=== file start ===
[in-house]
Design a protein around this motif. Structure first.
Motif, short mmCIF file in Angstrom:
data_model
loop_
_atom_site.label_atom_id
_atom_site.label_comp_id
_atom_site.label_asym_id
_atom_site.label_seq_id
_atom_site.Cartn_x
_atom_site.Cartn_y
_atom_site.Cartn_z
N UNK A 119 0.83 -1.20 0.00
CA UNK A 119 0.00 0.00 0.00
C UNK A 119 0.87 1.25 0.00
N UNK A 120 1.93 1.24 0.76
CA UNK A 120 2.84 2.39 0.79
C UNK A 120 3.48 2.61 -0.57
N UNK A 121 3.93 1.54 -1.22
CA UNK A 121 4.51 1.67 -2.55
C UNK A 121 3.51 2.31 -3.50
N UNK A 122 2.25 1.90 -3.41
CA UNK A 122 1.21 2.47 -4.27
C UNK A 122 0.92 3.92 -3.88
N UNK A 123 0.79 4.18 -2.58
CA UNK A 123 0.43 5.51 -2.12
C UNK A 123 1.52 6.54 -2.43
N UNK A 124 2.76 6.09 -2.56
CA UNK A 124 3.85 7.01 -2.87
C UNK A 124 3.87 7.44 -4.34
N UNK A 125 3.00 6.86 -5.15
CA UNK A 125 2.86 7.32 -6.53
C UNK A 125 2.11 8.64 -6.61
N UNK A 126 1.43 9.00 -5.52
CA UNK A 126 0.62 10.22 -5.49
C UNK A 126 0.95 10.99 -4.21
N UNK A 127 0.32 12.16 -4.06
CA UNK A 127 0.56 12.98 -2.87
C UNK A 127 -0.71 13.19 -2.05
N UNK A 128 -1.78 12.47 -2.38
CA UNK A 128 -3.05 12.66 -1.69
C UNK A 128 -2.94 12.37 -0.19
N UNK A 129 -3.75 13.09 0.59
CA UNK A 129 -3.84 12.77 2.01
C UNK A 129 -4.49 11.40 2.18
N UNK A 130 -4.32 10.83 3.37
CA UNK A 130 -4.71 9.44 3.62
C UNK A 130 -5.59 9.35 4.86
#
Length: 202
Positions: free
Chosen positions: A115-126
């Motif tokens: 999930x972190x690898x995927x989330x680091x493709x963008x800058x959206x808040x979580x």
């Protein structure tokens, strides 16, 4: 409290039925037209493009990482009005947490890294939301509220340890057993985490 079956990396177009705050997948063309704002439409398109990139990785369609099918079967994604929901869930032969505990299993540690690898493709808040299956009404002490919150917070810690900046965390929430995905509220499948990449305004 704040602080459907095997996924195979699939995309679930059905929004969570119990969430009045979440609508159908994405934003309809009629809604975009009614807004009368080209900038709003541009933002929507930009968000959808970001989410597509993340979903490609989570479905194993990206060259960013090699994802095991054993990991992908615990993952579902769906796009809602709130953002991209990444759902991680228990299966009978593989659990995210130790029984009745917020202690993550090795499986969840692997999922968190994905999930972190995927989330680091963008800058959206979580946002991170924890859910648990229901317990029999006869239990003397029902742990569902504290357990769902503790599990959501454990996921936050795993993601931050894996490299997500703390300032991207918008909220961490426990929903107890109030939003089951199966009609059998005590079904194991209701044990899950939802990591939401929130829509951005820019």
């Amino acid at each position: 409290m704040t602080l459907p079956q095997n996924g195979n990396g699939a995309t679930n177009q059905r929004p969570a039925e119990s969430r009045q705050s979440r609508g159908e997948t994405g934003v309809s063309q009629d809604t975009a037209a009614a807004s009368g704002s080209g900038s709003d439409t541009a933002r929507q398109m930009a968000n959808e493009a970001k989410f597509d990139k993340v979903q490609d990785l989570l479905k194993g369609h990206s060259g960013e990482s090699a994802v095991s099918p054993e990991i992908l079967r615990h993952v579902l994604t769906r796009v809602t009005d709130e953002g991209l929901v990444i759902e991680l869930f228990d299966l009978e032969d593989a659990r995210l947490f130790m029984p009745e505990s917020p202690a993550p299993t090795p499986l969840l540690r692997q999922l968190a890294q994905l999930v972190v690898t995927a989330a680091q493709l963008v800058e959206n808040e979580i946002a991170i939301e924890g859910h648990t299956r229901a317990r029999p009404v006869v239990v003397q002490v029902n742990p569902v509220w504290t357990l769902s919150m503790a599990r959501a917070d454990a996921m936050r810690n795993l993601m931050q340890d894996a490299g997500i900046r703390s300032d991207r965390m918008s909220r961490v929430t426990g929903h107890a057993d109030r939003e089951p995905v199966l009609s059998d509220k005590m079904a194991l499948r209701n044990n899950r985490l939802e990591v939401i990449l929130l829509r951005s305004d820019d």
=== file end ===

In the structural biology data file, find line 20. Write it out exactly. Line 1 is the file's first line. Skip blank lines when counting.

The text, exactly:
CA UNK A 121 4.51 1.67 -2.55